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October 5, 2010

MADISON -- October may just be the best time to catch ol' marble eyes: catch rates are higher than at any time during the summer, the water's less crowded, the heat and bugs are tapering off, and the fall colors make every trip satisfying for the soul if not the stomach.

"People are putting away the rods and turning more toward the bow and shotgun, but the hardcore anglers are actually doing pretty well right now," says Mike Vogelsang, Department of Natural Resources fisheries supervisor based in Woodruff.

"About the time the leaves start falling on the water, that's when the action heats up. It is absolutely worth it for more casual anglers to get out on the water if they want to catch walleye."

Vogelsang supervises fish biologists in what's one of Wisconsin's top walleye regions: the area including Vilas and Oneida counties, which between them boast more than 2,000 lakes, and Langlade, Lincoln, Forest and Florence counties, which have fewer lakes and crowds but feature the same kind of prime walleye waters.

"This time of year is very much like the opening weeks of the inland fishing season," Vogelsang says. "It seems like the later it gets here the better it gets."

Walleye move into deep water in the summer in search of cooler water temperatures. In fall, they move up into shallow water, he says.

"This time of the year, that cooler water is up near shore," he says. "Walleye are sensing that winter is coming and they are feeding heavily on the forage fish, which are up shallow too. It's almost like they are putting on the feed bag."

Walleye actively feed through the winter, unlike bass, which tend to shut down. With this shore lunch favorite in close to shore, anglers stand a better chance of reeling them in, according to Tom Cichosz, a DNR fisheries biologist and treaty fisheries analyst.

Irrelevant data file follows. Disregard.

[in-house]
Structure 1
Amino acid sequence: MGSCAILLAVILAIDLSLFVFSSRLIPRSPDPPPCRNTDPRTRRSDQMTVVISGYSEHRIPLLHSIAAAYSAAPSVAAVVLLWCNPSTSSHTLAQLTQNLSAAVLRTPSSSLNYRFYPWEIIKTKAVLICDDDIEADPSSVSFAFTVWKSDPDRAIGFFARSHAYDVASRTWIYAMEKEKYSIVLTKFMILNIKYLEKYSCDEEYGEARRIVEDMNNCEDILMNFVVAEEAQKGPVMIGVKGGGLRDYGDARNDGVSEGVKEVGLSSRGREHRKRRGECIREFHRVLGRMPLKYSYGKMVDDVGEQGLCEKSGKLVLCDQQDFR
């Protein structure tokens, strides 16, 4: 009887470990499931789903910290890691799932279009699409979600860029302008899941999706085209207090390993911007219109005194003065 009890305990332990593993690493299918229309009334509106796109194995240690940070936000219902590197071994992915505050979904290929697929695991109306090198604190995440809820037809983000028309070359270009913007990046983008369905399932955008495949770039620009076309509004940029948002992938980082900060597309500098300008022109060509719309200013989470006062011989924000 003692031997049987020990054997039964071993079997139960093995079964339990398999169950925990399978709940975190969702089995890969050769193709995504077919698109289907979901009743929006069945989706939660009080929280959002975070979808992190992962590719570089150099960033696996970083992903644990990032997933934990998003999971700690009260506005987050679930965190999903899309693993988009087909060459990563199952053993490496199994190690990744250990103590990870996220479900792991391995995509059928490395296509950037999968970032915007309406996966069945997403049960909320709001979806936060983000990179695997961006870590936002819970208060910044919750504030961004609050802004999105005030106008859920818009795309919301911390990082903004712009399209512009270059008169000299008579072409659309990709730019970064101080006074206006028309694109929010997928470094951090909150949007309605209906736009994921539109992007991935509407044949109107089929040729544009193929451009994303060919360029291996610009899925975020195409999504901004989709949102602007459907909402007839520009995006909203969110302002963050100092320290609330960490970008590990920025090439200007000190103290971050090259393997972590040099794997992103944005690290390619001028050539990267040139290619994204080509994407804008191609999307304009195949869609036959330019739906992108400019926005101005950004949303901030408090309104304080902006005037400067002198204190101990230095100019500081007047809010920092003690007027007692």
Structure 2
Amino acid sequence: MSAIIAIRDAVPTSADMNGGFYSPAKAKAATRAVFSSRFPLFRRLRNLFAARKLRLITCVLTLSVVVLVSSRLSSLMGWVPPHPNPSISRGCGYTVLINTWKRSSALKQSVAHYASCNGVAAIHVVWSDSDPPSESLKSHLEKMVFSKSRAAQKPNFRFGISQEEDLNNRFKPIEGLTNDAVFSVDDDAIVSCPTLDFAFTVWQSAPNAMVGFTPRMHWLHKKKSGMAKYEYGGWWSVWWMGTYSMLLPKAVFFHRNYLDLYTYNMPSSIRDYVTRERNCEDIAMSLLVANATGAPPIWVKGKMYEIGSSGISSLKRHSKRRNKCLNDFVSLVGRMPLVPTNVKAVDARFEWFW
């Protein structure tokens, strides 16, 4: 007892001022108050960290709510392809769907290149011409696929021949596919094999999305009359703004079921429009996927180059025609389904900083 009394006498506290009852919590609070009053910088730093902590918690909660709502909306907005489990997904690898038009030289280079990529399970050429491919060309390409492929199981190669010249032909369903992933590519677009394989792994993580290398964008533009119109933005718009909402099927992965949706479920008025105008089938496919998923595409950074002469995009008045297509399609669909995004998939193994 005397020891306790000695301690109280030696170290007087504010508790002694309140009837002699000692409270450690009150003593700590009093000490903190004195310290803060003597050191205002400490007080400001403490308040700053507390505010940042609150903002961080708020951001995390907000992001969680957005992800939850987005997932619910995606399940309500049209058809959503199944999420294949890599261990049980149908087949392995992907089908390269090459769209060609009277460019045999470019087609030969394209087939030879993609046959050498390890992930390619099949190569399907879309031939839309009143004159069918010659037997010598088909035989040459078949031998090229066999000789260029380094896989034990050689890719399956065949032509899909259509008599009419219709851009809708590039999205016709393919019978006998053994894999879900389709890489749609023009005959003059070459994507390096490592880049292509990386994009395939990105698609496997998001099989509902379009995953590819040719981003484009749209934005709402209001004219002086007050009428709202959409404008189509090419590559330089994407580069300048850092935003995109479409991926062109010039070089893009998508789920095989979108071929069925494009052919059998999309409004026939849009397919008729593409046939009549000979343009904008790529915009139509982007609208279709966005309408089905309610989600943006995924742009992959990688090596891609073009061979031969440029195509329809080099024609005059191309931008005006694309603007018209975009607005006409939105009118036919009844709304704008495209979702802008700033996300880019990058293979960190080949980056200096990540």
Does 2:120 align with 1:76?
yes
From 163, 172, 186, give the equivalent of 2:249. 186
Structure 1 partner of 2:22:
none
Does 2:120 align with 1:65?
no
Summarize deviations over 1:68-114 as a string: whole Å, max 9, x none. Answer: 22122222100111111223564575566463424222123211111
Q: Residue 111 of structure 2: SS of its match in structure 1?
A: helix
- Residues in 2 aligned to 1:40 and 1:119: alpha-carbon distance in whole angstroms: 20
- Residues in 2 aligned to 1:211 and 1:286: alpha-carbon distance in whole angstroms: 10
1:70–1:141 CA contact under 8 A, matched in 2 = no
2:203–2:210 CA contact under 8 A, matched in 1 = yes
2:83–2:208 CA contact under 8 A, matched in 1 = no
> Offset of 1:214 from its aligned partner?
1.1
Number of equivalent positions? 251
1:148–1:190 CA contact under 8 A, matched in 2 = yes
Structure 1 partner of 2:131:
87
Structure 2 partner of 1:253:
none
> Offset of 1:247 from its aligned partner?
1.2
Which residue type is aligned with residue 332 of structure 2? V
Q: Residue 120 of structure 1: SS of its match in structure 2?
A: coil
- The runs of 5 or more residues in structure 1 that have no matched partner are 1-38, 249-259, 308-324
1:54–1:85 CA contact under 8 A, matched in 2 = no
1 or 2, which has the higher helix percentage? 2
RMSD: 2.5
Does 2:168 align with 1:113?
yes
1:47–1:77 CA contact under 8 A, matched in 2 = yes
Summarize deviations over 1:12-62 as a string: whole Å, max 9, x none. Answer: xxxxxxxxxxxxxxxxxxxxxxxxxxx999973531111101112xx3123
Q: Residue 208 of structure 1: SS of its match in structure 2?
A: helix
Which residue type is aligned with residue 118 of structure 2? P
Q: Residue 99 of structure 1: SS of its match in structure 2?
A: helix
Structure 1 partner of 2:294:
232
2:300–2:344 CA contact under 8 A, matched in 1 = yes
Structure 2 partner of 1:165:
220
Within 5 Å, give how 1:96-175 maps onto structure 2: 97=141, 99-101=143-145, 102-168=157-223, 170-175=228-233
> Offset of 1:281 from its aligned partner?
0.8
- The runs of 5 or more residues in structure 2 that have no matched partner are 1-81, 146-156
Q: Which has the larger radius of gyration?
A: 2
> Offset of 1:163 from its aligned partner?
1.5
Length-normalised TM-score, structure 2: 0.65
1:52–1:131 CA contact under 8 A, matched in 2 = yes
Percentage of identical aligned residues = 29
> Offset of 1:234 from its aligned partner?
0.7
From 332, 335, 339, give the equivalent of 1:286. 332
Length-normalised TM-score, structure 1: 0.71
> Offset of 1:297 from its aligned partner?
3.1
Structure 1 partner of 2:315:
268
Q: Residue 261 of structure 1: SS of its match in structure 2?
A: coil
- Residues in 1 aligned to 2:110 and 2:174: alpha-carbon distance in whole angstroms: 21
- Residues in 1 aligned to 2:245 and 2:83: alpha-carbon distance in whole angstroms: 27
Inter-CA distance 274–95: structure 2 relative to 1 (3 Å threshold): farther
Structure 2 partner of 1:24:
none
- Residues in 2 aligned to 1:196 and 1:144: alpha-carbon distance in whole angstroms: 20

UW-Stevens Point and DNR fisheries biologists analyzed angler surveys from 1991 to 2002 in northern Wisconsin to assess fishing pressure, catch rates and harvest rates. They found that catch rates in October were more than twice as high as in July, when most people were out fishing for walleye. Their results are presented in "Temporal Profiles of Walleye Angling Effort, Harvest Rate, and Harvest in Northern Wisconsin Lakes" (exit DNR) in the North American Journal of Fisheries Management.

"Walleye catch rates in October are higher than any time during the summer months," Cichosz says. "The fish go where the conditions are suitable for them to be, and in cooler conditions, that includes shallower water where they are more easily located and angled."

DNR fish biologists and technicians are busy conducting fall surveys, using electroshocking boats to help them capture fish to weigh and measure before returning the fish to the water. Below are fishing reports from those biologists able to respond on short notice. More information about fish populations are found in the Wisconsin Fishing Report 2010./ Look for the county listing for the water you want to fish.

Regional Fall Walleye Fishing Forecasts

Northern Wisconsin

Barron County

The Red Cedar Chain of Lakes located in northeastern Barron County is the top local walleye water. A good number of 14-18 inch fish are present at this time and many of those fish will be near the 18-inch minimum length limit this coming fall and winter and should be available for anglers to harvest. Walleye fishing on the Chetek Chain of Lakes in southeastern Barron County should be slightly above average when compared to past years. The local resort owners association along with Walleye's for Chetek have been stocking large fingerling walleye the past several years. Some of those fish should now be over the legal length limit of 15 inches this fall and available for anglers to harvest. - Heath Benike, fisheries biologist, Barron

Burnett and Washburn counties